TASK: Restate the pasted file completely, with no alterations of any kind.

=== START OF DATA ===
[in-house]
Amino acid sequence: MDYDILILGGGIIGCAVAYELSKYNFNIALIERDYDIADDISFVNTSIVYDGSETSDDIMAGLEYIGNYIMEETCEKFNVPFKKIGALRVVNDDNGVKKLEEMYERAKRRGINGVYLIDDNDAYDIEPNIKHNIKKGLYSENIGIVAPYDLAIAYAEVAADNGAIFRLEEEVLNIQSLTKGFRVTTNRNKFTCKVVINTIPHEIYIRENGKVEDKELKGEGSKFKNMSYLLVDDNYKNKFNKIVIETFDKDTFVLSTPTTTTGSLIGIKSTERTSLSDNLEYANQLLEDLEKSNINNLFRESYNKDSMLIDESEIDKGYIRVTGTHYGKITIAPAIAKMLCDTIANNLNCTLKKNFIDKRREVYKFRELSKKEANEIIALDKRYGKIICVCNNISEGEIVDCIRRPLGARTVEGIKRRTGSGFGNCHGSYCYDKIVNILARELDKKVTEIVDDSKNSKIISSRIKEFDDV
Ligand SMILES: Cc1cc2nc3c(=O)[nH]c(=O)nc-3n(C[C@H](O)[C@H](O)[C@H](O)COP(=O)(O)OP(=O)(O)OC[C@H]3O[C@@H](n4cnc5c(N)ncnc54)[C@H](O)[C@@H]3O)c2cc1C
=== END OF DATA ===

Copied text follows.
[in-house]
Amino acid sequence: MDYDILILGGGIIGCAVAYELSKYNFNIALIERDYDIADDISFVNTSIVYDGSETSDDIMAGLEYIGNYIMEETCEKFNVPFKKIGALRVVNDDNGVKKLEEMYERAKRRGINGVYLIDDNDAYDIEPNIKHNIKKGLYSENIGIVAPYDLAIAYAEVAADNGAIFRLEEEVLNIQSLTKGFRVTTNRNKFTCKVVINTIPHEIYIRENGKVEDKELKGEGSKFKNMSYLLVDDNYKNKFNKIVIETFDKDTFVLSTPTTTTGSLIGIKSTERTSLSDNLEYANQLLEDLEKSNINNLFRESYNKDSMLIDESEIDKGYIRVTGTHYGKITIAPAIAKMLCDTIANNLNCTLKKNFIDKRREVYKFRELSKKEANEIIALDKRYGKIICVCNNISEGEIVDCIRRPLGARTVEGIKRRTGSGFGNCHGSYCYDKIVNILARELDKKVTEIVDDSKNSKIISSRIKEFDDV
Ligand SMILES: Cc1cc2nc3c(=O)[nH]c(=O)nc-3n(C[C@H](O)[C@H](O)[C@H](O)COP(=O)(O)OP(=O)(O)OC[C@H]3O[C@@H](n4cnc5c(N)ncnc54)[C@H](O)[C@@H]3O)c2cc1C